Food politics and industry opposition to regulation are global issues. Case in point — the latest kerkuffle out of France.
“After nearly four years of effort, France recently adopted a food-labelling system that will allow consumers to see and compare at a glance the nutritional value of packaged food products. The government approved the “NutriScore” label, and it was signed into law in October. But some of the biggest global agro-industrial conglomerates are refusing to adopt it.”
“The NutriScore has five colours with the goal of informing consumers on foods’ nutritional qualities and thus allowing them to compare between food. The selection of this label was based on numerous studies published in international peer-reviewed journals. This approach that led the EU office of the World Health Organisation to commend “France’s robust use of evidence to inform this decision”.”
“Despite the evidence, and in disregard of the positions of consumer associations who are asking for the NutriScore to be implemented, several agro-industrial lobbying groups have opposed the label. They resort to a simple strategy, shown to be successful in other sectors, such as tobacco: Unable to stop a political decision, they conjure up an alternative system – one potentially less damaging to their economic interests – by justifying its supposed advantages for the consumer.”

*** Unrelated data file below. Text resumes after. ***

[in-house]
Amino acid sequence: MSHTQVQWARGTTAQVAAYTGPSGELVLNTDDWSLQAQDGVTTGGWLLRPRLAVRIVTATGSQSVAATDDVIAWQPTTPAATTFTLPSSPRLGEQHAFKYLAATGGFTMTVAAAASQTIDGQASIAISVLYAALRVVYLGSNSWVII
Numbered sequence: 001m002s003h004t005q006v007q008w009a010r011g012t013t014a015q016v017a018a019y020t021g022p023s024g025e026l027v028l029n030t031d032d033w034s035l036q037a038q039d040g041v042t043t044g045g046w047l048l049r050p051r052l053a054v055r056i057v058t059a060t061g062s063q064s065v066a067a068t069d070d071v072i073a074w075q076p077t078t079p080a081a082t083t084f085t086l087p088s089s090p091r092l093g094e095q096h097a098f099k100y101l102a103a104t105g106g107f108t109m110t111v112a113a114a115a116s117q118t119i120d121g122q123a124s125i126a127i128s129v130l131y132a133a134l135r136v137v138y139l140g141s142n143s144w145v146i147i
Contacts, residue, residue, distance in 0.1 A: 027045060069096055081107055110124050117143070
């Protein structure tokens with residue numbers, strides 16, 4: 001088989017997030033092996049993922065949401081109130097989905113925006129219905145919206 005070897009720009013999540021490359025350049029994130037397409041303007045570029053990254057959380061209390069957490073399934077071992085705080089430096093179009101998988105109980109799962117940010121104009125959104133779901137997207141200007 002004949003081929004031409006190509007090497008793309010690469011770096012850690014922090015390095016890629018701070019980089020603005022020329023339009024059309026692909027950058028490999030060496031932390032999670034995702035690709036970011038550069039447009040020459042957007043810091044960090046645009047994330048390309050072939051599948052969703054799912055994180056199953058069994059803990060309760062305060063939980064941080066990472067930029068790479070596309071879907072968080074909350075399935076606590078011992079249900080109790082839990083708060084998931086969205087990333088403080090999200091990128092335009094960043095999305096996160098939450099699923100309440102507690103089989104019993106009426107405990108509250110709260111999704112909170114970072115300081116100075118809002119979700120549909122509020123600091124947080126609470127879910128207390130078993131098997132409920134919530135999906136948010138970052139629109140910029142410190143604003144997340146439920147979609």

“Various studies compared this label with the NutriScore and it was shown to be less efficient. Indeed, the NutriScore provides only one indicator of colour for the overall nutritional quality of the food: the foods having the highest nutritional quality are labelled in green. The alternative label provides information for each nutrient – a food could be labelled in green for sugars, but other colours for salt or fats. This type of label can be more difficult to understand for consumers. To choose between two products – for example, a yogurt and a fruit purée – the consumer needs to quickly compare ten different pieces of information, instead of just two with the NutriScore.”
“With the modified label proposed by the “Big 6” and Alliance 7 group (of which Mars is a member), ratings are set based on the recommended portion – chosen by the manufacturer.”